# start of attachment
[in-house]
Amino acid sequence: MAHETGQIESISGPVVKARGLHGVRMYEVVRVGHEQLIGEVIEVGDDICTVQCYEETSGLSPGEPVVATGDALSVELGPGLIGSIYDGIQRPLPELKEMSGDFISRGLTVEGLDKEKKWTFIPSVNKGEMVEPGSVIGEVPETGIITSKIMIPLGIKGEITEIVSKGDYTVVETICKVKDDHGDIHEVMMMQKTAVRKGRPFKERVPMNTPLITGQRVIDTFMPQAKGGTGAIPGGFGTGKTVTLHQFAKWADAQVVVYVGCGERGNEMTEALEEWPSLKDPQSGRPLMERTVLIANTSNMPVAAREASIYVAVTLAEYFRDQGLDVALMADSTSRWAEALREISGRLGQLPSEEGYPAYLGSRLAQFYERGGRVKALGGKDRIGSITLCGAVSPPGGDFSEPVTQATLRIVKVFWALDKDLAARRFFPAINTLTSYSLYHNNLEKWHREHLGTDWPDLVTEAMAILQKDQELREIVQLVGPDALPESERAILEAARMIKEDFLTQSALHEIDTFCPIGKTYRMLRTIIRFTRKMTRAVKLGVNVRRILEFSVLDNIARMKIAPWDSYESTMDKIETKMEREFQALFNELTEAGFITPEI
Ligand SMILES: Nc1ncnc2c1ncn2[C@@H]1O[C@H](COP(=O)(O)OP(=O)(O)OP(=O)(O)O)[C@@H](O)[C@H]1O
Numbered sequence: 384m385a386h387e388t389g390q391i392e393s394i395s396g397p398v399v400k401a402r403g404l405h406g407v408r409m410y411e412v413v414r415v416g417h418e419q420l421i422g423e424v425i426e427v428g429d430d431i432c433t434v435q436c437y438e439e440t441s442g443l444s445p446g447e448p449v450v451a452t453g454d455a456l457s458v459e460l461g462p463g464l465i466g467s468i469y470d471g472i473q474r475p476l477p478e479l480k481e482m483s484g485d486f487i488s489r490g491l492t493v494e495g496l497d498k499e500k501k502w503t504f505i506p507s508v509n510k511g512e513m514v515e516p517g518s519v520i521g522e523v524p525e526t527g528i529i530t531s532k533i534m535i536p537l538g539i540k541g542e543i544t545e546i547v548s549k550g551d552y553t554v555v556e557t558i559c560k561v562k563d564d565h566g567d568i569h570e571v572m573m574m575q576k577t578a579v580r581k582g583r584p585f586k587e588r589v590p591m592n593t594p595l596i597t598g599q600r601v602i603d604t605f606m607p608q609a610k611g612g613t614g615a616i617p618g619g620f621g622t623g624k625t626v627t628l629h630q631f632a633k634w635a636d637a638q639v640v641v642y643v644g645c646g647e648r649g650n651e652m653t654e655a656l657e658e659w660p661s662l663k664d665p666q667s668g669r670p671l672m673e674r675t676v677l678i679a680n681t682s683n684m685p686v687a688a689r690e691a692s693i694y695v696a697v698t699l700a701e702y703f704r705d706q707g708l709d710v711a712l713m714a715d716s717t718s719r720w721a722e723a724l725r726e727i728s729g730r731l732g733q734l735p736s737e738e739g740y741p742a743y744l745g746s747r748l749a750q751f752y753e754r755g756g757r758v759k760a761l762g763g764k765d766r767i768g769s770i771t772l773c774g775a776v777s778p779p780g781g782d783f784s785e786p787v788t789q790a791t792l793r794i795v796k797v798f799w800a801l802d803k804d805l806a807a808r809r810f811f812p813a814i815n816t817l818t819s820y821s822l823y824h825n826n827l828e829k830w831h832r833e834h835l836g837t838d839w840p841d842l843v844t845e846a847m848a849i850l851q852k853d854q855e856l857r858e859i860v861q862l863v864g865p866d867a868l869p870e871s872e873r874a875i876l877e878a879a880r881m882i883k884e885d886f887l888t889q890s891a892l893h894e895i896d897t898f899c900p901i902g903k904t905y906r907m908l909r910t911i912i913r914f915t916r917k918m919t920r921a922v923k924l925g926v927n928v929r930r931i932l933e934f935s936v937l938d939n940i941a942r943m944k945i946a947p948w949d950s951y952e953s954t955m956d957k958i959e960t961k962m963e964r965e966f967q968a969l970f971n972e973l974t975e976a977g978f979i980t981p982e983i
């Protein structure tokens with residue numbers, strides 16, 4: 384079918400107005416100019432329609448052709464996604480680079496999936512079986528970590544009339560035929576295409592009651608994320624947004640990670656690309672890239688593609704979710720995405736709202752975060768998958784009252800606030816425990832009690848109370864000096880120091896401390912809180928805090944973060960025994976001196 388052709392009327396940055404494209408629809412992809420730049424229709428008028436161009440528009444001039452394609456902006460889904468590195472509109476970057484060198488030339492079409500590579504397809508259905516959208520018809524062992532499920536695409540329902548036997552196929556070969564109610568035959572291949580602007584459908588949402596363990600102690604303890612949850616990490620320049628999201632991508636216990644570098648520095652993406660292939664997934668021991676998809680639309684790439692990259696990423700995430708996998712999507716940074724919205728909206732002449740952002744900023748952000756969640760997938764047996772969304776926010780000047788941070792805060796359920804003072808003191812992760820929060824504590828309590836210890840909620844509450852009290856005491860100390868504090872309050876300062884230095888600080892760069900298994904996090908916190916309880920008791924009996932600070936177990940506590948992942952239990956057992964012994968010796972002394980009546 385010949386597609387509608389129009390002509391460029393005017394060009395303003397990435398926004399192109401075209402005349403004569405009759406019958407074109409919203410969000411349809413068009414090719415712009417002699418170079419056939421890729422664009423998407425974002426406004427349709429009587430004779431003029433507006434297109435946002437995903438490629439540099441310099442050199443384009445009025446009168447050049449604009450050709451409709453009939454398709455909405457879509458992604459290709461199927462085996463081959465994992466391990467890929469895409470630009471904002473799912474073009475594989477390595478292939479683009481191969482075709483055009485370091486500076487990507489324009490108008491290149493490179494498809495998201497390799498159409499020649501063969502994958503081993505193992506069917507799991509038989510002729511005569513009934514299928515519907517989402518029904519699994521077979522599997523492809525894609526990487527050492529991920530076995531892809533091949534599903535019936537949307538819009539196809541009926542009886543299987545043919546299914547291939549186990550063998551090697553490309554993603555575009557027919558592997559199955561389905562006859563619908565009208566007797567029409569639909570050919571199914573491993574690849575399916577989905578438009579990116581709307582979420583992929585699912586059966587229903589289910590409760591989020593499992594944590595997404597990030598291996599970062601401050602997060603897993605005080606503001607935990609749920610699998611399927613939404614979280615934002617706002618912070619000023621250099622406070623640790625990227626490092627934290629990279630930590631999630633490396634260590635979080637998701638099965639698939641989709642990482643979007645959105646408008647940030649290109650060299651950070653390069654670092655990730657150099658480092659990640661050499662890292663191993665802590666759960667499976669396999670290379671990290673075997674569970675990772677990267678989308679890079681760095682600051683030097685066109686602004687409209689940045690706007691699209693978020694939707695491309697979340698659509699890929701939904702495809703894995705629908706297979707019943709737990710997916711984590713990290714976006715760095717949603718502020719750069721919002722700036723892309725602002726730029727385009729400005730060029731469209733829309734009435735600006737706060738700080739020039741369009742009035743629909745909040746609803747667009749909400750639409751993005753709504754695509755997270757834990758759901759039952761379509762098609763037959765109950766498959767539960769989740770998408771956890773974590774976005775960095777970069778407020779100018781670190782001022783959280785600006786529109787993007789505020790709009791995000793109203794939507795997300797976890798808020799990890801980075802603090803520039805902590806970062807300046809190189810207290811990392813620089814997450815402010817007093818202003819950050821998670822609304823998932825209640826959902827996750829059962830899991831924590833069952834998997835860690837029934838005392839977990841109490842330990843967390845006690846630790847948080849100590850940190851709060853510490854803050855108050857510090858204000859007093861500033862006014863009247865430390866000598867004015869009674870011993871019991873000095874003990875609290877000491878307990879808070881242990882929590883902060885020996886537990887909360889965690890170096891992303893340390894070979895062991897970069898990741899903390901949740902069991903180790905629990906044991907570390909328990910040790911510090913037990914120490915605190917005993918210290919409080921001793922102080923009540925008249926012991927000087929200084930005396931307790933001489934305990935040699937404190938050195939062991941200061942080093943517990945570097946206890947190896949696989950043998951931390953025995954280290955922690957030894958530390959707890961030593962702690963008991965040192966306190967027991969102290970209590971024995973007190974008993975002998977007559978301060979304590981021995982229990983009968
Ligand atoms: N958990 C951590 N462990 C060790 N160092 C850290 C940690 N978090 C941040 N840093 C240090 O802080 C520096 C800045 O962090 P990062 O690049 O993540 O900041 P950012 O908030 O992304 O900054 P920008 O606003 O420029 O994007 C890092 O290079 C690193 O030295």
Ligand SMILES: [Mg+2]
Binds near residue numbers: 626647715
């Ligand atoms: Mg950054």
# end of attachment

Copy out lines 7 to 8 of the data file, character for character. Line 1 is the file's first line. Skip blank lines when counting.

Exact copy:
Ligand SMILES: [Mg+2]
Binds near residue numbers: 626647715